Much more could be said about the immorality and illegality of the foreign policy of Santorum, Gingrich and Romney, and the disaster that would be unleashed on the world if one of them were to become president, but the reasons above are sufficient to show that none of the candidates other than Ron Paul can be said to comply with the Biblical mandates quoted above; indeed the other candidates advocate the exact opposite of those commands.
What about Israel? Isn’t Ron Paul’s foreign policy against Israel’s interests? Actually, Ron Paul’s foreign policy would benefit Israel. First, he wants to end all foreign aid (because it is not authorized in the Constitution and is therefore illegal). Given that Israel’s enemies receive seven times more foreign aid from the US than Israel, this would be a net benefit to Israel. Moreover, Ron Paul advocates allowing Israel greater sovereignty. Currently, Israel must obtain the permission of the United States government before implementing any plans to deal with the Palestinians internally or Israel’s enemies externally. That is not sovereignty. Ron Paul would allow Israel to deal with internal and external matters without obtaining permission from the United States, and far from opposing Israel, he would advocate friendship and peaceful trade with it, as he would with any other country.
For those who are not yet convinced about the foreign policy argument, please watch the following videos. The first is Ron Paul talking about a Biblical basis for foreign policy. The second is a striking video of Ron Paul’s predictions in 2002 about the consequences at home and abroad of the prevailing U.S. interventionist foreign policy – and how they have largely come true.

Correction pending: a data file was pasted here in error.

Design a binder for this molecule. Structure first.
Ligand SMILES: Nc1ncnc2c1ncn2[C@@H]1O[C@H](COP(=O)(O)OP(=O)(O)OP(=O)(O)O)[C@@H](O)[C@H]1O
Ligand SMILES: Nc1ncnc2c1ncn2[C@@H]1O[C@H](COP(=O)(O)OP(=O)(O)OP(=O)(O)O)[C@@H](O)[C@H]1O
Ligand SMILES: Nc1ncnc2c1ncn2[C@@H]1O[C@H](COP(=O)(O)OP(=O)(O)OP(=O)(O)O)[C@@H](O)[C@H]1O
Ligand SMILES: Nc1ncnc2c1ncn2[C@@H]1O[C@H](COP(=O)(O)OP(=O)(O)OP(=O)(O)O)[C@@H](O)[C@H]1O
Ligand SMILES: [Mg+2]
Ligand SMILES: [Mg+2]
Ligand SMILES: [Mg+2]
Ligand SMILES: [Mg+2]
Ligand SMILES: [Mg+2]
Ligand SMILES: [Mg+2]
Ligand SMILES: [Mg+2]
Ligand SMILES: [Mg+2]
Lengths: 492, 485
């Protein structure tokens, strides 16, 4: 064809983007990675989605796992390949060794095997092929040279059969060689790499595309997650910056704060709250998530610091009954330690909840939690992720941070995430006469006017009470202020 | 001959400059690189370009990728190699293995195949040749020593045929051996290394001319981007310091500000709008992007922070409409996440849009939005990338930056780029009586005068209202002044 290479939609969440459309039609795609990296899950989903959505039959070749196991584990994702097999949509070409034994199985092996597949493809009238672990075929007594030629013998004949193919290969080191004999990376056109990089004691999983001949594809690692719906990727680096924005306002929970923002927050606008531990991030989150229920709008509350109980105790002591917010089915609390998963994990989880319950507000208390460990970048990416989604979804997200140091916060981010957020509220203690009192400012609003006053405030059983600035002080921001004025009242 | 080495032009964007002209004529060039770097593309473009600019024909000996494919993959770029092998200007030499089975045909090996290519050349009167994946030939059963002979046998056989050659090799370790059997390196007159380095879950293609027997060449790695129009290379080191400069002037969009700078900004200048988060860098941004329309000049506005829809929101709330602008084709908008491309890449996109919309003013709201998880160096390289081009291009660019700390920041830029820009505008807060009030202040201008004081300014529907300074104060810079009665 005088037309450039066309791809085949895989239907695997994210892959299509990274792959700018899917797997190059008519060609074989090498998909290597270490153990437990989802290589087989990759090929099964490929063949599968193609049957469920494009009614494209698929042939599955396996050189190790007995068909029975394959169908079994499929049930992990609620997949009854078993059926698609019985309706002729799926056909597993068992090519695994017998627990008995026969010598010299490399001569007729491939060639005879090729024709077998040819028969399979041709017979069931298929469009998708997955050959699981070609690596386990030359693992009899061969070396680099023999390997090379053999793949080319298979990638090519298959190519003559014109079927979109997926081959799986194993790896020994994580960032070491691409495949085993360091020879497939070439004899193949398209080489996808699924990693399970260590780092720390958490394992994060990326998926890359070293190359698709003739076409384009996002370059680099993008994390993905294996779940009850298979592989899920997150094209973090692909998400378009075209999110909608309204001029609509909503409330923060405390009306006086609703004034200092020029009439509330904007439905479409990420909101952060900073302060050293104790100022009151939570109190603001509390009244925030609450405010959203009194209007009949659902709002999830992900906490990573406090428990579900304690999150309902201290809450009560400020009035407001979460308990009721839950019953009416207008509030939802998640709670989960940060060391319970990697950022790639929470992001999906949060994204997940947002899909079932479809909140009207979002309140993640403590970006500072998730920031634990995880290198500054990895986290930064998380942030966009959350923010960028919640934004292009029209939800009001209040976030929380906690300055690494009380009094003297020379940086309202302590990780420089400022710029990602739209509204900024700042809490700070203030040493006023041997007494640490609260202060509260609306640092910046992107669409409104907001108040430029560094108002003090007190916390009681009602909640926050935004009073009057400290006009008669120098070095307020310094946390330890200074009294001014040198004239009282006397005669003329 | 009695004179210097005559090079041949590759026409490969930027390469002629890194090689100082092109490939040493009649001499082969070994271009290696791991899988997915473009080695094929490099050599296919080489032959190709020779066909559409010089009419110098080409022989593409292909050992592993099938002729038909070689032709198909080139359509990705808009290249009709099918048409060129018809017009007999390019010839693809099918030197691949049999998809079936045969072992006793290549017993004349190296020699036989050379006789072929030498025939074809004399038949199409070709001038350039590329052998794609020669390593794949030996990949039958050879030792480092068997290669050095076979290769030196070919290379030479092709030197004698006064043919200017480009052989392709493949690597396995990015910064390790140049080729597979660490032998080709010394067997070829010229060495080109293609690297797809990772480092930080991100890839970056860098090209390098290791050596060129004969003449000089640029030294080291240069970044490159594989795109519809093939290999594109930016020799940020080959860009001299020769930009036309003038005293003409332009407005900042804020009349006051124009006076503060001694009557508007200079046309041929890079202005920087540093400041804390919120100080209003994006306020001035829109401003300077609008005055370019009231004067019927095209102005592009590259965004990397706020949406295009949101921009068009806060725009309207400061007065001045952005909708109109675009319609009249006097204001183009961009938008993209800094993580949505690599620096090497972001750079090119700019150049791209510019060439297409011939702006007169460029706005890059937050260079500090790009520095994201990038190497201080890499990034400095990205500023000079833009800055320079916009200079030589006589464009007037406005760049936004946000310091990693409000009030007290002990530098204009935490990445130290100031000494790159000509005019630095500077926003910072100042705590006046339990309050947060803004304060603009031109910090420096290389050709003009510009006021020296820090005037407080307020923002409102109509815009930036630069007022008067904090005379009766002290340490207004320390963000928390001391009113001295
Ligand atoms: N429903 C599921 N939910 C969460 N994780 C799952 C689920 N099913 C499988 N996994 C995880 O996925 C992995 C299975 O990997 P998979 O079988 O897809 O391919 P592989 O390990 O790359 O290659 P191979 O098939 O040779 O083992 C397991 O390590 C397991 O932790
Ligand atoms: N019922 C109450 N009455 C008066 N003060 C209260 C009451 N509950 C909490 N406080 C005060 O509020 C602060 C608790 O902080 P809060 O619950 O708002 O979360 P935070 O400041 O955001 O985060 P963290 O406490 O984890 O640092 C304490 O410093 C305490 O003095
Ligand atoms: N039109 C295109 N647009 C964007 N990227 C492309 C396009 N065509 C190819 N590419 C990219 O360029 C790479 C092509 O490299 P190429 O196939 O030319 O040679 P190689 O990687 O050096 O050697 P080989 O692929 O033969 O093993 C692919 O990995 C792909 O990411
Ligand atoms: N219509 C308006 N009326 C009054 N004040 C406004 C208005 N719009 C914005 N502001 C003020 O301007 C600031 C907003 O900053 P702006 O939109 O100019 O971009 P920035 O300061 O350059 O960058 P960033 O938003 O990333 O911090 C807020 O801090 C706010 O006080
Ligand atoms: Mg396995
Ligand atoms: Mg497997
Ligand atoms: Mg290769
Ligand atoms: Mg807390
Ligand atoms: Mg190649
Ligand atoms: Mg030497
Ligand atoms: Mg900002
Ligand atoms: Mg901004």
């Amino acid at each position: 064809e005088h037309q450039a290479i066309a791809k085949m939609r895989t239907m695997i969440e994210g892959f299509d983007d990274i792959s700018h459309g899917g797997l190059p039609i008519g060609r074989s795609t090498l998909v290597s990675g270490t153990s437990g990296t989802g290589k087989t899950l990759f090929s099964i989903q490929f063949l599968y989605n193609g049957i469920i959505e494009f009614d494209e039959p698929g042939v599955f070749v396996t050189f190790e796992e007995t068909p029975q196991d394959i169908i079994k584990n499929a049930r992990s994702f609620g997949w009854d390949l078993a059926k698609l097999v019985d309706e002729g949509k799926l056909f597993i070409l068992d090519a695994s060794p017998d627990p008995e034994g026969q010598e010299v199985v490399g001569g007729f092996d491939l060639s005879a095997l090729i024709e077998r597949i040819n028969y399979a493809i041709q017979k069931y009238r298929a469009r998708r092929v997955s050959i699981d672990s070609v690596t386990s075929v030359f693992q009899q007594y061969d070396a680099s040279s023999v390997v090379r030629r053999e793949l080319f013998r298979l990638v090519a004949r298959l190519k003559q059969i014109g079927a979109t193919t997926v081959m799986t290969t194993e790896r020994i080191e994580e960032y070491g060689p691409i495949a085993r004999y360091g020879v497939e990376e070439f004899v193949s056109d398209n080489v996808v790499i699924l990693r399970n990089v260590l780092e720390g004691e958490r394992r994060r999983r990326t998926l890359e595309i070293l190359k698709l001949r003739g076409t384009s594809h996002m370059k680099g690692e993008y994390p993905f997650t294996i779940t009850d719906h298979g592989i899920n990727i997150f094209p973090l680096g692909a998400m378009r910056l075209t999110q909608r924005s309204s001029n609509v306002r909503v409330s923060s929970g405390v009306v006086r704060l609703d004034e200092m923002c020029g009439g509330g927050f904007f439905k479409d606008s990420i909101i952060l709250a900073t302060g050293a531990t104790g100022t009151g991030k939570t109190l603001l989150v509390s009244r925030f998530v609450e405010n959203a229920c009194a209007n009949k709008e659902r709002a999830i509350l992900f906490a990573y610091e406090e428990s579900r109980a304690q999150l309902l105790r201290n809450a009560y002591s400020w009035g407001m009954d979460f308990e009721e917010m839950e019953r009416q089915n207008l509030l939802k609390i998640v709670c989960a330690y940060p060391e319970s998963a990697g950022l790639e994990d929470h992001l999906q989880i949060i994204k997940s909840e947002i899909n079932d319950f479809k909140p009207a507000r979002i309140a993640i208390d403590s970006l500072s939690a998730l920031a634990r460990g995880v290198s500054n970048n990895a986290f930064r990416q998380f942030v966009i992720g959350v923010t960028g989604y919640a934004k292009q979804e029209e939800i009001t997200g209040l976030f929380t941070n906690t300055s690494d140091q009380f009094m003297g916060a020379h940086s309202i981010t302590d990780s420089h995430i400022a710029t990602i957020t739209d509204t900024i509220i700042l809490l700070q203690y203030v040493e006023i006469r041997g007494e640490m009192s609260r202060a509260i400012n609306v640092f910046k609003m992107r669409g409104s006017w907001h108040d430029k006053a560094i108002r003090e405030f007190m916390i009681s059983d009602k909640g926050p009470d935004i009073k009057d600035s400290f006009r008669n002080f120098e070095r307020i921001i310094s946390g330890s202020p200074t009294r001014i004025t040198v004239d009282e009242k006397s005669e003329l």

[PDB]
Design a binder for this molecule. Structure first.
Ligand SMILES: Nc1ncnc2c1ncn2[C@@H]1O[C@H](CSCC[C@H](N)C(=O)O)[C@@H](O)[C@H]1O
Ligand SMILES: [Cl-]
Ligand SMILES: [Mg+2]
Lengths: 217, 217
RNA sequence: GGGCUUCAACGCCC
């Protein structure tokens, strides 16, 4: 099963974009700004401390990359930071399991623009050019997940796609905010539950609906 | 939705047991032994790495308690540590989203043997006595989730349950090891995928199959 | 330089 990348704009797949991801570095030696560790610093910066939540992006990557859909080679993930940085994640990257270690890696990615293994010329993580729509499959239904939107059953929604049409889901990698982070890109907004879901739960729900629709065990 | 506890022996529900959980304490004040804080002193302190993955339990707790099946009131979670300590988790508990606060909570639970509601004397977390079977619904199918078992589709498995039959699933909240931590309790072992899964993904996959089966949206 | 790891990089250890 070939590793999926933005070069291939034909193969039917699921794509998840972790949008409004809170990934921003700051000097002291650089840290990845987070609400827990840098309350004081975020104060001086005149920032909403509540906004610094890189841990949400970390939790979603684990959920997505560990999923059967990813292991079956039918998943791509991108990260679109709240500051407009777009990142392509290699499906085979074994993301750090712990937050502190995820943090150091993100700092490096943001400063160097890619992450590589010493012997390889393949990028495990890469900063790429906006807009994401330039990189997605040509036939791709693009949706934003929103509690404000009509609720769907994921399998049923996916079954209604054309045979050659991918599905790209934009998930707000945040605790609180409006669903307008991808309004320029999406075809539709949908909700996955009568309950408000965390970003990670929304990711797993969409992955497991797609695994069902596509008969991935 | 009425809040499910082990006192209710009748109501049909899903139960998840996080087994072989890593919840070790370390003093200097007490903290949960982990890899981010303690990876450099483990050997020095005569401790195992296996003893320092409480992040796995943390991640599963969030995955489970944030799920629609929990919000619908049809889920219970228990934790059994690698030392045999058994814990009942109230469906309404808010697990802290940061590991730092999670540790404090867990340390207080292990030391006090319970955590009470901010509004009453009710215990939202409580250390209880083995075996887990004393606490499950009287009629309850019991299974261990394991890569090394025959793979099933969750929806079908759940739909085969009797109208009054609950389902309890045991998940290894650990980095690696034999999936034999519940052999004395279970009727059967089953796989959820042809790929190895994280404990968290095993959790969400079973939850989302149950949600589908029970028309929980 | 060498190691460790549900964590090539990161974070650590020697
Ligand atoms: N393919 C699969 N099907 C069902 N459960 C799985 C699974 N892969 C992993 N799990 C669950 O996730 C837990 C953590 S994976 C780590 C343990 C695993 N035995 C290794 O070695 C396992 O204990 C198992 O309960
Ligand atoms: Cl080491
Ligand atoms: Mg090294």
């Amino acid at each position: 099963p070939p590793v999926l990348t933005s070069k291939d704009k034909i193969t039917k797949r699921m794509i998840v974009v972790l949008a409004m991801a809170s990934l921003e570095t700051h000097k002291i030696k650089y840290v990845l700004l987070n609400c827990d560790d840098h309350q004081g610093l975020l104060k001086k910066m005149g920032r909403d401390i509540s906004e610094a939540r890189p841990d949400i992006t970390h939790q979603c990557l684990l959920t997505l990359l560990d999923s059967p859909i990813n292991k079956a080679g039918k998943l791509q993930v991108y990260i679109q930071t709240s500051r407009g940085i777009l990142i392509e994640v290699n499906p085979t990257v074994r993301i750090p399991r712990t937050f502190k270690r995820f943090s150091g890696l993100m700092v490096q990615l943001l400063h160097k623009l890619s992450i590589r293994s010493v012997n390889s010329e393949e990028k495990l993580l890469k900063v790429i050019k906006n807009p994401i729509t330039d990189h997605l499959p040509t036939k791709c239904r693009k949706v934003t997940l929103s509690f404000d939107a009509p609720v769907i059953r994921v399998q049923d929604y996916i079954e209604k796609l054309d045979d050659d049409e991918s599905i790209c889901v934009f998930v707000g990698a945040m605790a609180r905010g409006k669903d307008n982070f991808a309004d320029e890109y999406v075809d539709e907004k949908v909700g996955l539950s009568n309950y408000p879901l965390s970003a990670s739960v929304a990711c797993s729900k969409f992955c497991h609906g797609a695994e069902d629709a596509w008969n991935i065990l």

Christians, it is not sufficient to say that the world is a violent place, that there are wicked people who are intent on the destruction of the United States, and that our country must destroy them before they destroy it. That view ignores what the U.S. government has been doing in the world for the last 70 (or more) years, and it is more akin to the Golden Rule according to Boss Hogg (“Do unto others before they do unto you.”) rather than the Golden Rule according to Jesus. If you are going to support an interventionist foreign policy, you must find Biblical support for it. I submit to you that there is none.
Thanks to BrotherJohnF